Compositional And Sensory Analysis Of Finger Lakes Riesling
As the wine world continues to globalize, and industry competition grows, wine regions have increasingly focused on promoting one or two grape varietals which result in consistently expressive wines that best represent the viticultural area. A variety of studies have concentrated on defining regional cultivar typicity not only to enhance marketing techniques, but also to increase the understanding of a specific cultivar within the region from viticultural, enological, and sensorial perspectives, and findings may be relevant to the entire field. The Finger Lakes region of New York State has put itself on the world wine map through production of Rieslings with definitive sensory character. Preliminary assessments also suggest unique sensory profiles exist in the Rieslings according to which Finger Lake the grapes are cultivated. The sensory properties of Finger Lakes Rieslings, and the presence of subregional character, have not previously been investigated through rigorous, formal sensory analysis. This experiment sought to determine whether Riesling grapes grown along Keuka, Seneca, and Cayuga Lakes and from two distinct clones produced wines with unique sensory and compositional profiles. Six similar blocks of Riesling were selected to reduce effects of viticultural practices on compositional and sensory outcomes. Two sites, exclusively planted with clone 90 or clone 239, were selected from the east side of each lake. Viticultural treatments were standardized throughout the growing season. Inherent site and seasonal characteristics were recorded, and specific vine physiology and status measurements were collected from each block. Grapes were vinified, in duplicate lots from each site, by a standard winemaking protocol to yield two fermentation replicates. Instrumental analyses (GC-FID and GC-MS) were performed to quantify selected volatile aroma constituents of the Riesling wines. Generic descriptive analysis (DA) was performed on the wines by eleven panelists, screened for white wine consumption habits and sensory acuity. Sensory reference standards were developed during training and utilized along with intensity standards during orthonasal evaluation of the wines. Wines were also analyzed by HPLC for phenolic acids profiling. Statistical analyses of the volatile data showed that significant differences existed among some compounds. However, most of these differences were likely of no biological significance based on similarity of overall volatile profiles and vineyard site characteristics such as canopy light environment, vine water status, and crop load, factors which may impact wine quality. Monoterpene and TDN levels were at or below sensory threshold, and linalool was the only compound with apparent correlation to sensory data. DA panelists established 11 aroma attributes important to Finger Lakes Riesling wines. Wine aroma profiles were similar across vineyard sites, and two-way ANOVA results of lake, clone, and their interaction were not significant. Citrus, pineapple, linalool/floral, melon, and stemmy were among the descriptors present at the highest intensities. Phenolics data were characteristic of white wines as hydroxycinnamic acids and their tartrate esters dominated the profile. Higher concentrations of fertaric acid than coutaric acid were observed. While ANOVA showed significant results for lake, clone, and their interactions, clone had the strongest effect. These experiments indicate that sensory and aroma profiles of Riesling wines were similar despite differences in clonal material and growing conditions. However, the importance of seasonal growing conditions should not be overlooked as this experiment should be repeated over multiple years. The Riesling wines were also analyzed with less than six months of bottle age, and aging has the potential to impact wine differentiation. This sensory and volatile data is among the first to be reported for Riesling in the Finger Lakes. Riesling clone may be of interest to growers and winemakers due to effect on phenolic profile which may impact volatile stability and oxidative browning.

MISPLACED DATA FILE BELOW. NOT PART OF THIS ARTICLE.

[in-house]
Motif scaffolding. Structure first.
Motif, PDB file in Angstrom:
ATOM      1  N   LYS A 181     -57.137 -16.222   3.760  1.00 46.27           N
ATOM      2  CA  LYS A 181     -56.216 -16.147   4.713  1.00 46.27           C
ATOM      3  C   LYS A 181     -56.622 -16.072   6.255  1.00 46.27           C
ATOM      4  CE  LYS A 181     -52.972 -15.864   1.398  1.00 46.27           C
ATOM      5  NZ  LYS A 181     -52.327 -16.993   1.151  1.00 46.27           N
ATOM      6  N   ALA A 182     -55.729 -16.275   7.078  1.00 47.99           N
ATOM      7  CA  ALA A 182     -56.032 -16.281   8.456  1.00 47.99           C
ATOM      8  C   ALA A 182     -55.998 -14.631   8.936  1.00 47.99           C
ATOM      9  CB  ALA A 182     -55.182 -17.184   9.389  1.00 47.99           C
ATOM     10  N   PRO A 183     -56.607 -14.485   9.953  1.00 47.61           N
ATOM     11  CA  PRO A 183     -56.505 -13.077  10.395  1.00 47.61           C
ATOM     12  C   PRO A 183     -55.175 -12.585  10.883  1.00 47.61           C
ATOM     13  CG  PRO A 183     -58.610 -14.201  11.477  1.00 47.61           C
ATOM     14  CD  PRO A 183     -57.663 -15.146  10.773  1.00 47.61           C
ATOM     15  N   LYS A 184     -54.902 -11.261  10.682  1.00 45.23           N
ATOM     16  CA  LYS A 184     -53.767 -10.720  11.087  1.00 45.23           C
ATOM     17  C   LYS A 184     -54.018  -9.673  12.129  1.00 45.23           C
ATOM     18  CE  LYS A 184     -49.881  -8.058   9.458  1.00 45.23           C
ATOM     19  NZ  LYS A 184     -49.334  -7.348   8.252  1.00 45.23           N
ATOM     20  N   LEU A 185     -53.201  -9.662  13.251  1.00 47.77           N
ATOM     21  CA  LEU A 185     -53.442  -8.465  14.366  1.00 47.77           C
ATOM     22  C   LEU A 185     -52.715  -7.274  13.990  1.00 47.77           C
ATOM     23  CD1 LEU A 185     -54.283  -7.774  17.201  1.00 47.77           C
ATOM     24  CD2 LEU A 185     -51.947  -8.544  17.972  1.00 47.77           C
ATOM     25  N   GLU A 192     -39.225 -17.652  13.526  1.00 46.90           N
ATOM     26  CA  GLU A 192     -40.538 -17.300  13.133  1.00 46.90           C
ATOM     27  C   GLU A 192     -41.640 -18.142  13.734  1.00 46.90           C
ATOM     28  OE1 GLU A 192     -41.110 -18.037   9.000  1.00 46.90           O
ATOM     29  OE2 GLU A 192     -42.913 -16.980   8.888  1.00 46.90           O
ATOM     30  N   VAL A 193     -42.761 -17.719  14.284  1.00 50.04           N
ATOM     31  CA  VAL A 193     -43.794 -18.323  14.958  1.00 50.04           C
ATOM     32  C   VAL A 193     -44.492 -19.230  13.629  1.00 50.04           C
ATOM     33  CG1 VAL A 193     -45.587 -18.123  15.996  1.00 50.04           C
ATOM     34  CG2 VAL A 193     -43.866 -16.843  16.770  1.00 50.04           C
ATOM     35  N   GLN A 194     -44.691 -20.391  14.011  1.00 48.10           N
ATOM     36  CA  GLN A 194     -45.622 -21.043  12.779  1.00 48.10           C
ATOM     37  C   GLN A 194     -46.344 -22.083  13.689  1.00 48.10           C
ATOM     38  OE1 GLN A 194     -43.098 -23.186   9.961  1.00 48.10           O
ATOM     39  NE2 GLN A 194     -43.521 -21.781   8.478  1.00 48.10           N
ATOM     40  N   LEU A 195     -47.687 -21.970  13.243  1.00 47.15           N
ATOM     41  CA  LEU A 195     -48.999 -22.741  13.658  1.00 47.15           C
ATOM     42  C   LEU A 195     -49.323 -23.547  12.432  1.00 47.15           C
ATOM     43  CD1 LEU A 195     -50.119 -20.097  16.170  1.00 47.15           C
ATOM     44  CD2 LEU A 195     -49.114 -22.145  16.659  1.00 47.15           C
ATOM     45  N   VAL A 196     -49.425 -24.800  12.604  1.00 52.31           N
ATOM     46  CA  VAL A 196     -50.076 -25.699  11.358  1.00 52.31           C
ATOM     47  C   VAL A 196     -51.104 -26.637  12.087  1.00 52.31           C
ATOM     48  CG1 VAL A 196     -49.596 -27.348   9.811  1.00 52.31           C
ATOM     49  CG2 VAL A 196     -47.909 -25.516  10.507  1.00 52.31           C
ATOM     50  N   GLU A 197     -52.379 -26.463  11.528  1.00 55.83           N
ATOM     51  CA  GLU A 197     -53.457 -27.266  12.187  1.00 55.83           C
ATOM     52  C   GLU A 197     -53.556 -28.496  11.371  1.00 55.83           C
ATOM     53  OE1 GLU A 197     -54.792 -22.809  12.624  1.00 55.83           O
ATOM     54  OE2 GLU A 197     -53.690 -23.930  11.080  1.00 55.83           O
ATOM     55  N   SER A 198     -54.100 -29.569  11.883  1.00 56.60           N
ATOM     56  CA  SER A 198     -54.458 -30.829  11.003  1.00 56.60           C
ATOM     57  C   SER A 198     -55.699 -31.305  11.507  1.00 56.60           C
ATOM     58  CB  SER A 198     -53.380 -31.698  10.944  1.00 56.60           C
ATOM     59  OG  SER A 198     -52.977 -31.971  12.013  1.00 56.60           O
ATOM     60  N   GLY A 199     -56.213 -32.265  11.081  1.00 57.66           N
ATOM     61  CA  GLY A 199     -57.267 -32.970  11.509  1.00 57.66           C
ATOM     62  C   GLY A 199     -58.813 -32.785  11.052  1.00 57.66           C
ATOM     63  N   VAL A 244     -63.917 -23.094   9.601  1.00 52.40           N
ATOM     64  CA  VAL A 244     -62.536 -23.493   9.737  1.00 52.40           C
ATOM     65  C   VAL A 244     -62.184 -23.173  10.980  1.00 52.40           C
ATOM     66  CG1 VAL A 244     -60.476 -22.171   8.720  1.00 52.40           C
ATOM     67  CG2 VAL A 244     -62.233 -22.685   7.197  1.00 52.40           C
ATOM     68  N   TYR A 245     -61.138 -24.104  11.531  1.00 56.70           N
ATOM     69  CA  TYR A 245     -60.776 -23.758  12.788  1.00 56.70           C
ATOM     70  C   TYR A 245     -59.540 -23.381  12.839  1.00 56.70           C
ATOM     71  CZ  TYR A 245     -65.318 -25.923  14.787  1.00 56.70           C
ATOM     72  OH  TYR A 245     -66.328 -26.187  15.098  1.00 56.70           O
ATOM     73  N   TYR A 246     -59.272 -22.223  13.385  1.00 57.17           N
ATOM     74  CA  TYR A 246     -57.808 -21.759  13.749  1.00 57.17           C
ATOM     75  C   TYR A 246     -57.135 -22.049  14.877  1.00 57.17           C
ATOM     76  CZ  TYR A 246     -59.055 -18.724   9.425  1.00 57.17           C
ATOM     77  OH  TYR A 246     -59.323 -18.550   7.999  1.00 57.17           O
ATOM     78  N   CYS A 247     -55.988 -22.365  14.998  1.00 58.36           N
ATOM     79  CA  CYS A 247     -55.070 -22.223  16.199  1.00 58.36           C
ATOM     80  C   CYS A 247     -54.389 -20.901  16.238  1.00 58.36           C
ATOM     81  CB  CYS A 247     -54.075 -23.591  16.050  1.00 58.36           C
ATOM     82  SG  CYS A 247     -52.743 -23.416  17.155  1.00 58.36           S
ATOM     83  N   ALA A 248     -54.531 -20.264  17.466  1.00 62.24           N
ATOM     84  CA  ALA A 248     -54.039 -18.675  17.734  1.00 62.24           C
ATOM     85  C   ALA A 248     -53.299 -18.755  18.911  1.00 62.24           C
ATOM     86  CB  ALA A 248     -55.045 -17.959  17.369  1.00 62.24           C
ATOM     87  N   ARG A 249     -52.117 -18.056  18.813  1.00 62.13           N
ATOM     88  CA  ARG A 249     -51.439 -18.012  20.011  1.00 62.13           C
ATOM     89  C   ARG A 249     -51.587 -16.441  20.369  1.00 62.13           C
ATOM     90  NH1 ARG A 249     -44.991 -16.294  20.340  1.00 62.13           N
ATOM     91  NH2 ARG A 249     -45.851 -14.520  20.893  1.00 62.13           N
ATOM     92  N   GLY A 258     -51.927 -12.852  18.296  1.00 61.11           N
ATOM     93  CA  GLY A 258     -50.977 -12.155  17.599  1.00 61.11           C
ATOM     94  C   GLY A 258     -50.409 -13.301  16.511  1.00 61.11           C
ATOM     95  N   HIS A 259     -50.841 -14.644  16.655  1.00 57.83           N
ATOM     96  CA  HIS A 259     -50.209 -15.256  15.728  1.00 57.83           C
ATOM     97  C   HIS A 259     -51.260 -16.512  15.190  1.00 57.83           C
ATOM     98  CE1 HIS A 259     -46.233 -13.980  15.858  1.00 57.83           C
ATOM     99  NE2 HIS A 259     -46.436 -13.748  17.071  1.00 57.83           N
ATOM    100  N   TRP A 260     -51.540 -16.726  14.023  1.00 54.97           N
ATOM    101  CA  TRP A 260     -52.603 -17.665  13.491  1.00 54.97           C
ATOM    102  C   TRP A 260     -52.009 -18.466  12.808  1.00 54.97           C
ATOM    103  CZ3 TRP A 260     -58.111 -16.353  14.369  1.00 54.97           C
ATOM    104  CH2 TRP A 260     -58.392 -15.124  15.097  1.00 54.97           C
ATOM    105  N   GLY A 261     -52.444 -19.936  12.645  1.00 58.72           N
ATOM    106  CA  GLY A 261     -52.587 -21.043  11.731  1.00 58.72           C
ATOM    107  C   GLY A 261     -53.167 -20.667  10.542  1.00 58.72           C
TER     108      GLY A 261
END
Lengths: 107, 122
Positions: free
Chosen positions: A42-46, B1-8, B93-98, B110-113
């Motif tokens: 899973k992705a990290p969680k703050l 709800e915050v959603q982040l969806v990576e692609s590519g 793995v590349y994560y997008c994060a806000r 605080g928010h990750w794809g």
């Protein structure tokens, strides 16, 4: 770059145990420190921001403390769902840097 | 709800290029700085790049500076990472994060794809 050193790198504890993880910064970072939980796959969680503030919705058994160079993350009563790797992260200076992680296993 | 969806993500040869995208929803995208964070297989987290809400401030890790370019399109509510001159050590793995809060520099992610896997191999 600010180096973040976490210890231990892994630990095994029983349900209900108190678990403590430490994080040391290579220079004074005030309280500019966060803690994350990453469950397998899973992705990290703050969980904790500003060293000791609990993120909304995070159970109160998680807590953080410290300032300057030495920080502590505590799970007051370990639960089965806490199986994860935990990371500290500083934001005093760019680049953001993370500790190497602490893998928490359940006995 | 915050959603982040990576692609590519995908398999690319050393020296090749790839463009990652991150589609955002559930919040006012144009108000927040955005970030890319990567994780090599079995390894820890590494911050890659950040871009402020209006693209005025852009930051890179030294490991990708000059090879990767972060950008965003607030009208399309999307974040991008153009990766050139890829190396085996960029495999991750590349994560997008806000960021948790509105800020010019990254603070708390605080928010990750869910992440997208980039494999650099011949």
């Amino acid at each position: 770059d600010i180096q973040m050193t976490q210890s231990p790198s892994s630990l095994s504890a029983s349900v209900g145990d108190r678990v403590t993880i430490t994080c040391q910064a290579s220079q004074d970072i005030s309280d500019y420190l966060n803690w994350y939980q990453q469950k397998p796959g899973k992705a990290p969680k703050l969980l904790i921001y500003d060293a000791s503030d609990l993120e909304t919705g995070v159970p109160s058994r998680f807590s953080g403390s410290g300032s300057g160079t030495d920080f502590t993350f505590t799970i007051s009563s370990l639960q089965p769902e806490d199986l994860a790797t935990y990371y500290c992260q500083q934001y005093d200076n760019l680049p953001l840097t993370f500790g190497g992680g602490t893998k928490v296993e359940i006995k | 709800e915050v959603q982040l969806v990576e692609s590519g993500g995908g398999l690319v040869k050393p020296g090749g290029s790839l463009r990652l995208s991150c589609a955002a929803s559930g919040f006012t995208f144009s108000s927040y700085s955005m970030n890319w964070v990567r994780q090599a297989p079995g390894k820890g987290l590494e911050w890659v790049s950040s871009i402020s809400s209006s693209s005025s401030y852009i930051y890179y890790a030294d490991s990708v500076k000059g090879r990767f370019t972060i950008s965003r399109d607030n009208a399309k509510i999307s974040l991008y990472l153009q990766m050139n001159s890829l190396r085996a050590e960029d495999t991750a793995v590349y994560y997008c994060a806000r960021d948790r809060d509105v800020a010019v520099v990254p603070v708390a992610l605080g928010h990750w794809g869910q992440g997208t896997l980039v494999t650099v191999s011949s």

Riesling; descriptive analysis; phenolic acids; aroma chemistry; Finger Lakes
Mansfield, Anna K.
Vanden Heuvel, Justine E.
Food Science and Technology
M.S., Food Science and Technology
Master of Science
dissertation or thesis